First, although the "crisis" -- in the sense of lawsuits, massive media coverage, demoralization and confusion in the pews, and all the rest -- has already exploded in Europe and North America, it has yet to arrive in most of the rest of the world. That includes most of the southern hemisphere, where two-thirds of all Catholics today live. The question is whether the church will continue to follow a largely reactive pattern, waiting for a revelation to trigger an avalanche and then scrambling to catch up, or whether it will finally get ahead of the curve.
Second, participants in this event represent a good share of the church's best and brightest minds on fighting abuse, and both the Vatican and the Gregorian have invested considerable resources in putting it together. If these four days don't produce momentum towards wider and deeper reform, it's an open question what might.
Third, both the Vatican and church leaders around the world have long complained of an imbalance in public attention with regard to the crisis. Breakdowns, such as those illustrated by the recent Grand Jury report in Philadelphia and the indictment of Bishop Robert Finn in Kansas City, Mo., generate headlines; success stories, such as the "Protecting God's Children" program, generally go untold.
That was the gist of Benedict XVI's message when he met with a group of church workers dedicated to child protection in the United Kingdom in 2010. He said: "While there are never grounds for complacency, credit should be given where it is due. The efforts of the church in this country and elsewhere, especially in the last 10 years, to guarantee the safety of children and young people ... should be acknowledged."
If there was ever a moment when imaginative communications efforts might produce such an acknowledgment, this event ought to be it.
(As a footnote, the symposium itself is off-limits to the press and the public in order to protect the free flow of discussion, organizers say. Participants, however, have been encouraged to make themselves available to the media throughout the event, and there are a couple of press conferences on the docket.)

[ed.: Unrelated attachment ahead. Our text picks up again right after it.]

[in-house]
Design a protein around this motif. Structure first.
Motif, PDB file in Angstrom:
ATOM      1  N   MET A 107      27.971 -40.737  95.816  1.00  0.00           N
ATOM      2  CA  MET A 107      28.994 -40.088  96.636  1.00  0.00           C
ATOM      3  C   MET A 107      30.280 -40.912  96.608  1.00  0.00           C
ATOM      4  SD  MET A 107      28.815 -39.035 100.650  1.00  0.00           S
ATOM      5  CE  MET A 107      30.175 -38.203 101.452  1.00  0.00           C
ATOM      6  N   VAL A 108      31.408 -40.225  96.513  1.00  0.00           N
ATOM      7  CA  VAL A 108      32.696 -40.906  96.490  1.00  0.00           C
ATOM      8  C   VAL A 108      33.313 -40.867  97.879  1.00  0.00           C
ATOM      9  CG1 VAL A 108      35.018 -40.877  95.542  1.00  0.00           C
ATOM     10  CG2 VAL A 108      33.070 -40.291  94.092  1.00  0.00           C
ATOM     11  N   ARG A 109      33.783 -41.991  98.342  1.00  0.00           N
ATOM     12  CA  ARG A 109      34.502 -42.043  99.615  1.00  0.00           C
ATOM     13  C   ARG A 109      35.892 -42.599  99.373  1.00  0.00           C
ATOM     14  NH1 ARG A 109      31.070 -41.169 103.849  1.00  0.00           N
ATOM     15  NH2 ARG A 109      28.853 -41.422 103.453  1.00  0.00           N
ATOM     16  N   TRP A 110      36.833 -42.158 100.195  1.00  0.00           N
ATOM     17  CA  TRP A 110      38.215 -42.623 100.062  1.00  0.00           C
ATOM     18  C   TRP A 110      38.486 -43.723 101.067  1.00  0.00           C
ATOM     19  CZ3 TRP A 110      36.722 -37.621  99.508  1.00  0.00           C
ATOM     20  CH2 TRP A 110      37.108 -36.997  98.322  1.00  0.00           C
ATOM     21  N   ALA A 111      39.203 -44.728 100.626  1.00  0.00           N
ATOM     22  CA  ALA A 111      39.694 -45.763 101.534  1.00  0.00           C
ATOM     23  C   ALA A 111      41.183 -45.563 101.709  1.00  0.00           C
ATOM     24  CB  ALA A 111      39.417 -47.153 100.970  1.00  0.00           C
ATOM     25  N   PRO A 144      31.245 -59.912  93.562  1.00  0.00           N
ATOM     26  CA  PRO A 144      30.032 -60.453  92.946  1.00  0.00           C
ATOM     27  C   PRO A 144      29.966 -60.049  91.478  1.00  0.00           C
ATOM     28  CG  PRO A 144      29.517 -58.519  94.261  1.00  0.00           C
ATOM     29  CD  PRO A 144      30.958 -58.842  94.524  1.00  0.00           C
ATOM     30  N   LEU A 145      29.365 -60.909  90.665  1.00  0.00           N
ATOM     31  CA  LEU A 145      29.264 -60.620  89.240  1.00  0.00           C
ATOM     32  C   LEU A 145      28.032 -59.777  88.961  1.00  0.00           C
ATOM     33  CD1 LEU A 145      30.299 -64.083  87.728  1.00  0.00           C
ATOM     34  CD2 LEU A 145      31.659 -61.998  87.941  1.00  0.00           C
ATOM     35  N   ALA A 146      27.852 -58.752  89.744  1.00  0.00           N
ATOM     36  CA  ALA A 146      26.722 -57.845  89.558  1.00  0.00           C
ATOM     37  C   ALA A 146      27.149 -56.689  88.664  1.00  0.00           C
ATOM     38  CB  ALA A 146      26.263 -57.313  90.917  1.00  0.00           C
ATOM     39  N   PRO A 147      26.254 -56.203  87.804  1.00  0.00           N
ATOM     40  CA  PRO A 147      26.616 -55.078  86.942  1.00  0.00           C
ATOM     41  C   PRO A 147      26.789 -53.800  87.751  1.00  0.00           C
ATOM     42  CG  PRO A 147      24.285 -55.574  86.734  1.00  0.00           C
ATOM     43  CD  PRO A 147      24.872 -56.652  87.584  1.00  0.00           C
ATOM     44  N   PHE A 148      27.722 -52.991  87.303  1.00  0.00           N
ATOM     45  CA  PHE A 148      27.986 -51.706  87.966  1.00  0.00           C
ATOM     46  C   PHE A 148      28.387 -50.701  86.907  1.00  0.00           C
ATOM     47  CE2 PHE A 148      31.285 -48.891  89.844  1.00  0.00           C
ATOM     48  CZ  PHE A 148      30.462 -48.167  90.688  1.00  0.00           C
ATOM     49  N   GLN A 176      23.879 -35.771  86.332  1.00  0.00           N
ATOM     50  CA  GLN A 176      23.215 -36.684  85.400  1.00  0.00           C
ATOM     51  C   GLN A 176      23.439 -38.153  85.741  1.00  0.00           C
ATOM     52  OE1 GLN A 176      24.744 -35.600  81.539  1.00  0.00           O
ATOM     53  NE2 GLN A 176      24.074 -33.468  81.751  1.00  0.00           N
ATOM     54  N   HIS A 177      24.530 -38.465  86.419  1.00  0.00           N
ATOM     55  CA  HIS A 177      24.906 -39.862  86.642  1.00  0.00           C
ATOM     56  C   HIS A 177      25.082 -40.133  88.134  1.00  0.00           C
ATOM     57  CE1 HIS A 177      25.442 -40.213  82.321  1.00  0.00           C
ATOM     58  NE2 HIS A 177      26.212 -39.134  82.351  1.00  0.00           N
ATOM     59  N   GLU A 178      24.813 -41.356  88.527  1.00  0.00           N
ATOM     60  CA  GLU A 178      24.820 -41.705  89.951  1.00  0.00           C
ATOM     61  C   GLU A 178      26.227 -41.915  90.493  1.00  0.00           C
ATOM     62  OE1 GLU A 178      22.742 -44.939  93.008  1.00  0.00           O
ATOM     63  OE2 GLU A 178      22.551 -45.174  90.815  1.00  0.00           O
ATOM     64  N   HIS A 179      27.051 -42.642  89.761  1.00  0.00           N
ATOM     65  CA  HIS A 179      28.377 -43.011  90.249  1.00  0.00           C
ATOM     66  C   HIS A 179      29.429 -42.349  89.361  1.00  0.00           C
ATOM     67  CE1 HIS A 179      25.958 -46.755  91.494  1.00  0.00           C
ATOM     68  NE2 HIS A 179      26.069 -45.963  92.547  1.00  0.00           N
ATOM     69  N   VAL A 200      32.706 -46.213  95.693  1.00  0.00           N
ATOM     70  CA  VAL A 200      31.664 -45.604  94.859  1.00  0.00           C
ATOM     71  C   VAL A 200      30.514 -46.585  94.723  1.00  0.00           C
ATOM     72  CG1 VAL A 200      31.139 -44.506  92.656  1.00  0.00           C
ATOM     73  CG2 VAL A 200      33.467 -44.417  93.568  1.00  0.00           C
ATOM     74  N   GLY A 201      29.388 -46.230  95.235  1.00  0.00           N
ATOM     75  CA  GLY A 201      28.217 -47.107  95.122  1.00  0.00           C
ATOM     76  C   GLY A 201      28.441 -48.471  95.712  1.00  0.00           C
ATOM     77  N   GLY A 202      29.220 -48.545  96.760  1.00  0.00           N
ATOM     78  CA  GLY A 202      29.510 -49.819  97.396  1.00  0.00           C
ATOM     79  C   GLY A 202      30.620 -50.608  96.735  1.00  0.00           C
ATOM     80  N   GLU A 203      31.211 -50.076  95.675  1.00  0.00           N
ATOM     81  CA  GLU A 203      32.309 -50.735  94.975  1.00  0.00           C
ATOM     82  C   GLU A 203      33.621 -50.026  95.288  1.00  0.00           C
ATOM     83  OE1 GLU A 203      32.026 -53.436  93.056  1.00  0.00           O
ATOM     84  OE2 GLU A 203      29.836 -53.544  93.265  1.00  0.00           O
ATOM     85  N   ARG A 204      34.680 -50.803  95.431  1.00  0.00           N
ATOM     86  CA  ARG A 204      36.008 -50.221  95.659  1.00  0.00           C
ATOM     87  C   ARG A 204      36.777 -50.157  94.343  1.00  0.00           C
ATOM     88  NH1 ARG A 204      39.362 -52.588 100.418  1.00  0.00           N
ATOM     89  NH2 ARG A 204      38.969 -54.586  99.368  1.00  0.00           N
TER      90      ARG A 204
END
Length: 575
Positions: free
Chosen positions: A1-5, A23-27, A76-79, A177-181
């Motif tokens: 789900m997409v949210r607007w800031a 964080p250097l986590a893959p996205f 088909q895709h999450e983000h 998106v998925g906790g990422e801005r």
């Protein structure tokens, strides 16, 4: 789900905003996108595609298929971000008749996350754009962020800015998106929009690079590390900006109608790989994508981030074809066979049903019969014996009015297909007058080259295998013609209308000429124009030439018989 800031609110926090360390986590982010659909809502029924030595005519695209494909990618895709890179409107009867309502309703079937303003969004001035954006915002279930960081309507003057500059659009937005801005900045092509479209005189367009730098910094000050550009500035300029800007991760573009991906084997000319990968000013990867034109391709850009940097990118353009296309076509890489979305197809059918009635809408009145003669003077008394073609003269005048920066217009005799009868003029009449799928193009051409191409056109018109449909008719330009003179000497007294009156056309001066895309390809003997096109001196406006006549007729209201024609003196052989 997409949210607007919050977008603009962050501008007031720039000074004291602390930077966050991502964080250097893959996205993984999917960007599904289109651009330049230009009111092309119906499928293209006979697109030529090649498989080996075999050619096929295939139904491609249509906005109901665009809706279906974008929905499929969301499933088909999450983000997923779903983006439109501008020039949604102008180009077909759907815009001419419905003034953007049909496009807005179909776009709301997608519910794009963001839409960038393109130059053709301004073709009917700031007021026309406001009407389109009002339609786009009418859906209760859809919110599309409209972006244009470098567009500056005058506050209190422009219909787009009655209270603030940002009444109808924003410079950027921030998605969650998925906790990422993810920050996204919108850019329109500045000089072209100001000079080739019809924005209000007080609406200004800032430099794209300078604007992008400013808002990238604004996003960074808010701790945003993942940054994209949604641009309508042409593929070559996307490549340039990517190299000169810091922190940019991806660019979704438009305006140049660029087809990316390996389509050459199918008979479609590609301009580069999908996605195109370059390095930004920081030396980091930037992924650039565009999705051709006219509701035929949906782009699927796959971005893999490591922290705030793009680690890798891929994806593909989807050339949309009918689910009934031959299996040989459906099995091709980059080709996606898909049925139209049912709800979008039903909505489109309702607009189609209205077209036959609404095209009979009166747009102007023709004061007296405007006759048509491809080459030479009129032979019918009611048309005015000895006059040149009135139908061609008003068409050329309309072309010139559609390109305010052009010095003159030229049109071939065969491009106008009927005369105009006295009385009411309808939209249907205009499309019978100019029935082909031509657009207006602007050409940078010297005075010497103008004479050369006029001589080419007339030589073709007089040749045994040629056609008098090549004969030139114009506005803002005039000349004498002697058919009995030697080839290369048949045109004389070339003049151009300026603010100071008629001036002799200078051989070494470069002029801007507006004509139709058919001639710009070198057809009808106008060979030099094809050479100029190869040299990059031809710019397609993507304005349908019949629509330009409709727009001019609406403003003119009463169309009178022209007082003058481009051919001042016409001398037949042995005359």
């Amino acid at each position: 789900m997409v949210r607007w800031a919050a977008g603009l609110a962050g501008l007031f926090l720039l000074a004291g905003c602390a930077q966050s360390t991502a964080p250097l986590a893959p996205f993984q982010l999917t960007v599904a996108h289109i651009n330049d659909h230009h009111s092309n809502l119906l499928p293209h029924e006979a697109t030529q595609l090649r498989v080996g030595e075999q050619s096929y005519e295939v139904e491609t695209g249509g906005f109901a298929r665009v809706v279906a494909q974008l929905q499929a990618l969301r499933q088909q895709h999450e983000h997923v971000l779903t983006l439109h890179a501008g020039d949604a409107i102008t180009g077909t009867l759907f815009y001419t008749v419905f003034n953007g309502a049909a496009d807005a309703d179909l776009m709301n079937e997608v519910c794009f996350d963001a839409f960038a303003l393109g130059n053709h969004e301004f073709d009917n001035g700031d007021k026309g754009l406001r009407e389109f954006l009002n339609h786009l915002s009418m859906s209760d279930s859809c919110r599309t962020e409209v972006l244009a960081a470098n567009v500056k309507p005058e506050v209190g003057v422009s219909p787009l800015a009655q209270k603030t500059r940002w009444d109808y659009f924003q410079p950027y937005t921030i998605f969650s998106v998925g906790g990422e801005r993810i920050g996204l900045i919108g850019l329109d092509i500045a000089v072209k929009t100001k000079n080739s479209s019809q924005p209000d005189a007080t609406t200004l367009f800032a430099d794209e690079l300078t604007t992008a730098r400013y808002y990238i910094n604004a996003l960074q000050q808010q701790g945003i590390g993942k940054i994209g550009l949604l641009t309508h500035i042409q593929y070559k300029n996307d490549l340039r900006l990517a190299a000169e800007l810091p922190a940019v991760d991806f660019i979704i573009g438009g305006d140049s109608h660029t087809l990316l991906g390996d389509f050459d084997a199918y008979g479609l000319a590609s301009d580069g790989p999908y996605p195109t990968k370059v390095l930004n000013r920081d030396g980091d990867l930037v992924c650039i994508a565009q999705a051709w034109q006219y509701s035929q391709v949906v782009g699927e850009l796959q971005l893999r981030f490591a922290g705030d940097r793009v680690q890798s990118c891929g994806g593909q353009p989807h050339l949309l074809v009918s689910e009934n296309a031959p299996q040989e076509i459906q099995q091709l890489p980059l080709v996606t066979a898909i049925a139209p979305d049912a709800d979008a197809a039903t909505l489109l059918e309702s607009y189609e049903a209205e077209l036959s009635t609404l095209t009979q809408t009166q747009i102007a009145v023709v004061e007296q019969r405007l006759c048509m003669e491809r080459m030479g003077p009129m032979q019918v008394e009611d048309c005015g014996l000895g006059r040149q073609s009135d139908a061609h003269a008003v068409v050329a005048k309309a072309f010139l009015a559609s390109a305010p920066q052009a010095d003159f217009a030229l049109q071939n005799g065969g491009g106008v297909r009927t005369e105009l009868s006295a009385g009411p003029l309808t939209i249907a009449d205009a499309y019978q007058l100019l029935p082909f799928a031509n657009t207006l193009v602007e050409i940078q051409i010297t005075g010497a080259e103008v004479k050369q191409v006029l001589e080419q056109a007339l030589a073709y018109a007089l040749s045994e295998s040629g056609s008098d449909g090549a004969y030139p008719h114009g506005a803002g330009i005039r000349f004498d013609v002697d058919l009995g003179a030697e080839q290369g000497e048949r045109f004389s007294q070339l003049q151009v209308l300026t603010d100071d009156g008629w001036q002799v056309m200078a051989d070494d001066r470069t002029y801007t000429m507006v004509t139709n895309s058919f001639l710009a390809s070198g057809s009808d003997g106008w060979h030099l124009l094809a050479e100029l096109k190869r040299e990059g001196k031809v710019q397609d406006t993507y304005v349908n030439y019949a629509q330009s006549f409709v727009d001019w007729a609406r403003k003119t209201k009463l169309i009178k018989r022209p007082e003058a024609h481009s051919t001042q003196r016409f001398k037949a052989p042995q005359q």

Fourth, Catholic leaders have repeatedly stressed that the sexual exploitation of children is a broad social scourge and that the church wants to be a leader and partner with other institutions and movements in keeping children safe. As long as the perception is that the church is part of the problem rather than the solution, however, such partnerships will be tough to forge.
(Don't believe that perception is still widespread? Consider that a Philadelphia judge presiding over the criminal trial of two priests and a former priest recently said in open court, "Anybody that doesn't think there is widespread sexual abuse within the Catholic church is living on another planet.")
This summit represents a unique chance for the church to put its best foot forward, persuading at least some fair-minded people to regard it as a potential ally in child protection efforts. It is only, however, a chance -- next week will reveal how well participants take advantage of it.
For these reasons, the "Towards Healing and Renewal" symposium looms as a sort of make-or-break moment. I'll be on the ground in Rome covering it; watch the NCR Today site for my daily reports.
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As a sidebar, the symposium has already drawn a bit of criticism in Ireland, home to arguably the world's most intense Catholic sex abuse crisis. Observers there have wondered why Dublin's Archbishop Diarmuid Martin isn't among the speakers, especially given perceptions that Martin is on the Vatican's black list because of his searing candor on the crisis, including a willingness to butt heads with other bishops.
On background, organizers say that's not the deal.
First, word out of Ireland is that Martin will actually attend the symposium, along with two other Irish prelates, including Cardinal Sean Brady of Armagh, the country's most senior churchman.
Second, Marie Collins is among the speakers. She's an outspoken Irish advocate of reform and someone sympathetic to much of Martin's agenda. Last year, for instance, Collins was among eight victims who took part in a foot-washing ceremony in Dublin led by Martin and Cardinal Sean O'Malley of Boston, intended as a gesture of repentance.
Third, Martin is not the only prominent bishop with a reform record who's not on the formal agenda. O'Malley, for instance, isn't among the speakers, either. The U.S. conference will be represented by Bishop Robert Conlon of Joliet, Ill., who chairs the bishops' Committee for the Protection of Children and Young People.